“I need to prove to them that I’m a good player and that I deserve to get a spot on the team," Zadina said. David Guralnick, The Detroit News
Detroit — He takes a puck at center ice and moves in briskly with effortless strides.
A flick of the wrists, right under the pipe.
He repeats, frequently with the same result.
Hello, Filip Zadina. Welcome to a place trademarked Hockeytown.
He is 18. He will not be 19 until the week after Thanksgiving.
Many hockey folks think he can play for the Red Wings Thursday, Oct. 4, when another rebuilding season begins against the Blue Jackets in Little Caesars Arena.
Zadina does, too.
“That’s good to hear, you know?” he said, welcoming the expectations, which he knows because he has seen the social media since the Wings drafted him sixth overall Friday.
When a few hundred more followers show up on Twitter overnight, he could understand people know there is a new kid in town.
“I need to prove to them that I’m a good player,” he said, of the Red Wings brass. “And that I deserve a spot on the team.
“I’ve got a chance. But I need to take it.
“I need to play my best hockey.”
Zadina played major junior hockey in Nova Scotia last year, two seasons after debuting in the best league in the Czech Republic at 16.
The advancement from junior hockey to the NHL is a far longer stride than an adolescent playing with men in the Czech Extraliga. But that experience, and growing up the son of a hockey coach, and retired professional player, Marek Zadina, are things that might help Zadina take the next step, in a promising career.
“Two seasons ago, I played against men,” he said. “So, I know what I have to expect from the men’s hockey.
“I’ll be prepared, and hopefully I’ll win the battle for my spot.”
Confident, perhaps to the point of brashness, Zadina is nonetheless realistic about the challenge.
“I’m going to have to face things,” he said, of the possibility of playing in the NHL. “It’s going to be very hard for me.
“If I play my hockey and remain patient — and I’ll work hard, so it’s going to be good.
“I’ll just try to focus on myself and win my spot. And, if I try real hard, I will make it.”
When Zadina got to town Sunday, his first time in Detroit, the Wings equipment manager Paul Boyer gave him the grand tour of the franchise’s palatial digs.
“He showed me all the things here,” Zadina said, of the sprawling, well-appointed complex, which is Little Caesars Arena and the Belfor Training Center, the Red Wings practice rink. “And I don’t know if I’m in another rink, right now, because it looks like some hotel, or something.
“It’s just unbelievable here.”
Amid the tour, the coach’s son, Zadina, asked to skate.
He wanted to get his legs moving.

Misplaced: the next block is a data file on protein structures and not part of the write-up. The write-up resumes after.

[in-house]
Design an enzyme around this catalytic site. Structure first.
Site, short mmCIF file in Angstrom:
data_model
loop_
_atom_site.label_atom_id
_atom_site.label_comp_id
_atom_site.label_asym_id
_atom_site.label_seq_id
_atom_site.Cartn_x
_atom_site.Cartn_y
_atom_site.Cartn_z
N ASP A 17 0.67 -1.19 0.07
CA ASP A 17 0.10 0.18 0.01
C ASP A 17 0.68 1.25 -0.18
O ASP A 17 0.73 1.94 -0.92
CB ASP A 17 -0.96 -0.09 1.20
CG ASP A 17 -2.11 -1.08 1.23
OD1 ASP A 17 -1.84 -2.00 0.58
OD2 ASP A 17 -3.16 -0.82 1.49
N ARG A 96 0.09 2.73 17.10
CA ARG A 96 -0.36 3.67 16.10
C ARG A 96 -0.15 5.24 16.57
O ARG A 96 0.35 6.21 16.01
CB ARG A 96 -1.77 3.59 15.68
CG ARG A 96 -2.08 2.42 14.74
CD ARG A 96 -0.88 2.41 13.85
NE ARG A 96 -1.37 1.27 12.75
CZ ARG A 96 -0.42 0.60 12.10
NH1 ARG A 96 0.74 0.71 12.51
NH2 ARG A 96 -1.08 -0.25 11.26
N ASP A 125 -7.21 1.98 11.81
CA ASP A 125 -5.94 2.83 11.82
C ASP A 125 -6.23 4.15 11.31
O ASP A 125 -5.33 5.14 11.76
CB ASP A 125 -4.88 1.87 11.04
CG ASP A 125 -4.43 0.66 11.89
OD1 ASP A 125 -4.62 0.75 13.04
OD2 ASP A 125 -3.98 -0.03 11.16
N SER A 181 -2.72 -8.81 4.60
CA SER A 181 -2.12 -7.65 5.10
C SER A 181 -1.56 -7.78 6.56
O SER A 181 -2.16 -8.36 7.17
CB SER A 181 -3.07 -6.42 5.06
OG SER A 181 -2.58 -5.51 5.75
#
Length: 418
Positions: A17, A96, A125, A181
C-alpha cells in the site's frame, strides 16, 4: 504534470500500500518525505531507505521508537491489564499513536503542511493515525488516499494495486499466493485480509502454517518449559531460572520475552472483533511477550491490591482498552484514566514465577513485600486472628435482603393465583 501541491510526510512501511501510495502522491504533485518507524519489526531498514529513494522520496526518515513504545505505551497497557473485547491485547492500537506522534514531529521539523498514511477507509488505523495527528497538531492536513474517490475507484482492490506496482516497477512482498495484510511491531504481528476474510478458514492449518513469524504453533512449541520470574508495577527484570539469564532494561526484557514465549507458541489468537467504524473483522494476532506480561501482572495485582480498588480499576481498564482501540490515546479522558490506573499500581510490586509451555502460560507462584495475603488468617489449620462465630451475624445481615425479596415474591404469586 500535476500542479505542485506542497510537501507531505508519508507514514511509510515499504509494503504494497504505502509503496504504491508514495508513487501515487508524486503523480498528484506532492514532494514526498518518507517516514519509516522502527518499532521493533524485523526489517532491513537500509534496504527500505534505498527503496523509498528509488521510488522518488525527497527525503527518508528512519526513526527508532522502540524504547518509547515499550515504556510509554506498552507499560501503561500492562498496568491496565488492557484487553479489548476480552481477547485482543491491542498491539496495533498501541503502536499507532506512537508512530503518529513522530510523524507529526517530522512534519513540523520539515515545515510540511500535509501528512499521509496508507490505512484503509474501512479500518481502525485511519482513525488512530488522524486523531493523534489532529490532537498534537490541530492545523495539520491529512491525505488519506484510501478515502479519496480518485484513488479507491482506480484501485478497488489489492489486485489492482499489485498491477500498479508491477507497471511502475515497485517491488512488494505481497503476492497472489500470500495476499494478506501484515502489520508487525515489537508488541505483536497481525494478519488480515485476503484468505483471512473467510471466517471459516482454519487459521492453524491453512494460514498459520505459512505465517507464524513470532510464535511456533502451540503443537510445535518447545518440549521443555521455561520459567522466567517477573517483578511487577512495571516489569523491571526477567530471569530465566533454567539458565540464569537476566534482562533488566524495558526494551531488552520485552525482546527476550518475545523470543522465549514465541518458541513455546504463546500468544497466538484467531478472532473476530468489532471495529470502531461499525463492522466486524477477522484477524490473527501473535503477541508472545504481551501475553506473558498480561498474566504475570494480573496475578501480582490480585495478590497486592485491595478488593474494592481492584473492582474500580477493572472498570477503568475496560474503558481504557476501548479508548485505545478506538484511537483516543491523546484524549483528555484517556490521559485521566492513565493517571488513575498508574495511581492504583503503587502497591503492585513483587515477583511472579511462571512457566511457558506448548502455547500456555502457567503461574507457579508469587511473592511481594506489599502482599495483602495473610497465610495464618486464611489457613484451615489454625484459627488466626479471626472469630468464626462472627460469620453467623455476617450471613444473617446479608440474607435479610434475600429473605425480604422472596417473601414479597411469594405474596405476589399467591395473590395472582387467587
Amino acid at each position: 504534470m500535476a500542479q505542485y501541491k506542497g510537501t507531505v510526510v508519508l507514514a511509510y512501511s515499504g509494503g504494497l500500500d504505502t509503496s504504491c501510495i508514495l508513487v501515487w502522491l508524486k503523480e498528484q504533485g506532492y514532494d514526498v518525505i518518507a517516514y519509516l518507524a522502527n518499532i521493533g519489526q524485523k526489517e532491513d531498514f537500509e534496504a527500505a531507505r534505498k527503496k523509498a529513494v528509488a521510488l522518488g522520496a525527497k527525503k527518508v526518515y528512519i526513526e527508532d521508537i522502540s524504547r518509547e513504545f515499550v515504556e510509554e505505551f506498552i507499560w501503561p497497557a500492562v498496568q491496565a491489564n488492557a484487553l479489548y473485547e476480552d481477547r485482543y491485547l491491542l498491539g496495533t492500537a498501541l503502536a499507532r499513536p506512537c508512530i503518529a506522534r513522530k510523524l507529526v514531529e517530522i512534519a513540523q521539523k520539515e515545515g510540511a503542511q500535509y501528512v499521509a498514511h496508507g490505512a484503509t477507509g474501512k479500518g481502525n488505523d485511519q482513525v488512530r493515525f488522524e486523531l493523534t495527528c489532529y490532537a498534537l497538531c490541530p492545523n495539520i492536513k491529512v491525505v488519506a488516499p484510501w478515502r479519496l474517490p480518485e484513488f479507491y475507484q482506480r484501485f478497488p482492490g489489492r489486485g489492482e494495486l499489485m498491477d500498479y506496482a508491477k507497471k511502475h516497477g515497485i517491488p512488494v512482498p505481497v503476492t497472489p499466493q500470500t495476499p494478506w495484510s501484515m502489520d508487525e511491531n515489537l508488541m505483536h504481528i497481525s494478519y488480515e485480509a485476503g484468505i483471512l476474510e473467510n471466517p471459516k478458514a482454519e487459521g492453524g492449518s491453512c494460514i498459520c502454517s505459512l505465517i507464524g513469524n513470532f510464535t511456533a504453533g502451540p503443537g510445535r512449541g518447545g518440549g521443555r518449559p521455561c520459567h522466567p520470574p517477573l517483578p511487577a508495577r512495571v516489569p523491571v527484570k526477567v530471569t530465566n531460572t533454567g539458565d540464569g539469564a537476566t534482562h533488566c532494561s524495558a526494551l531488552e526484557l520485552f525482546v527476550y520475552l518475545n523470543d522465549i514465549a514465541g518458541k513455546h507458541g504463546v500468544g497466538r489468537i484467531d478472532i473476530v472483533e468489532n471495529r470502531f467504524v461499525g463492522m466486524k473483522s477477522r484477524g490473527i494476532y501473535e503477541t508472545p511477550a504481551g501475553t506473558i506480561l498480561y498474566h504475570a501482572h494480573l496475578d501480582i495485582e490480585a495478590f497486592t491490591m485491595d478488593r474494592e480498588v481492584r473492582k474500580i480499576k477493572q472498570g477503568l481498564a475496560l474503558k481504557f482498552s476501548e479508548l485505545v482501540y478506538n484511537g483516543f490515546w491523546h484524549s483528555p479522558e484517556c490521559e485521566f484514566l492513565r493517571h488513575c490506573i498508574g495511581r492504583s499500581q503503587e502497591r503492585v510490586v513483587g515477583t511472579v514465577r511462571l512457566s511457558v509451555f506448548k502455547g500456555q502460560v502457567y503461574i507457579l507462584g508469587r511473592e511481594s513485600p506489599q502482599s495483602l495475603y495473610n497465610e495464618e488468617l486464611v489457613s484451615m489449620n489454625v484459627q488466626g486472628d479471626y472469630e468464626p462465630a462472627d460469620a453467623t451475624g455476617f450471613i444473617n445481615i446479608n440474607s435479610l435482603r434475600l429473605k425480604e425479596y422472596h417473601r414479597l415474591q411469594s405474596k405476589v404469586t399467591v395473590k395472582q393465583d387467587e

“He’s just an extremely hard worker,” said Shawn Horcoff, Red Wings director of player development.
“I mean, the kid wanted to come skate and work out yesterday. I don’t think he realized what the week is going to bring. He might have felt differently if he knew how practices were going to go, today.
“But yeah, he did. He wanted to get on the ice.”
A day later, Zadina sounded like he was still making his case for the leg workout.
“I was on the ice, anyhow,” he said. “I just wanted to be prepared for the whole camp here.”
Horcoff likes a lot of things about Zadina, as do many NHL scouts and other organizations.
“I like his character a lot. Just in general talking to him, just being around him for the past few days,” the former captain of the Oilers said. “Obviously, he’s got a fantastic shot, a good quick release
“He’s very agile.
“So, I think, for the first day, with all new equipment, it was pretty impressive.”
Zadina said he got used to both the new surroundings and equipment on the first day, which included double-shifted practices.
“It was the first practices here,” he said. “I felt kind of weird because I don’t have my gear. So, it’s new ones. I’m just trying to get used to the new pads and the new stick.
“So, it’s going to get better and better. And when we play in the game Saturday,” he said, of the scrimmage that annually closes the Red Wings’ development camp, “that’s going to be a great game.”
It clearly rankled Zadina that the Canadiens, Senators and Coyotes all took other forwards right before him.
The Wings like that demonstration of pride and self-confidence.
“He’s just a kid who wants to make an impression,” Horcoff said.
“Obviously, he was disappointed in with where he got drafted, which was impressive for us.
“He’s come over, he’s confident he can score. And we hope that he does, because that’s what we’re going to need.”
Zadina seems assured, focused and well-aware of the big challenge he faces, to make the Red Wings’ roster opening night.
“I just want to continue to play hockey the way I have in past seasons,” Zadina said.
“And I want to be better.”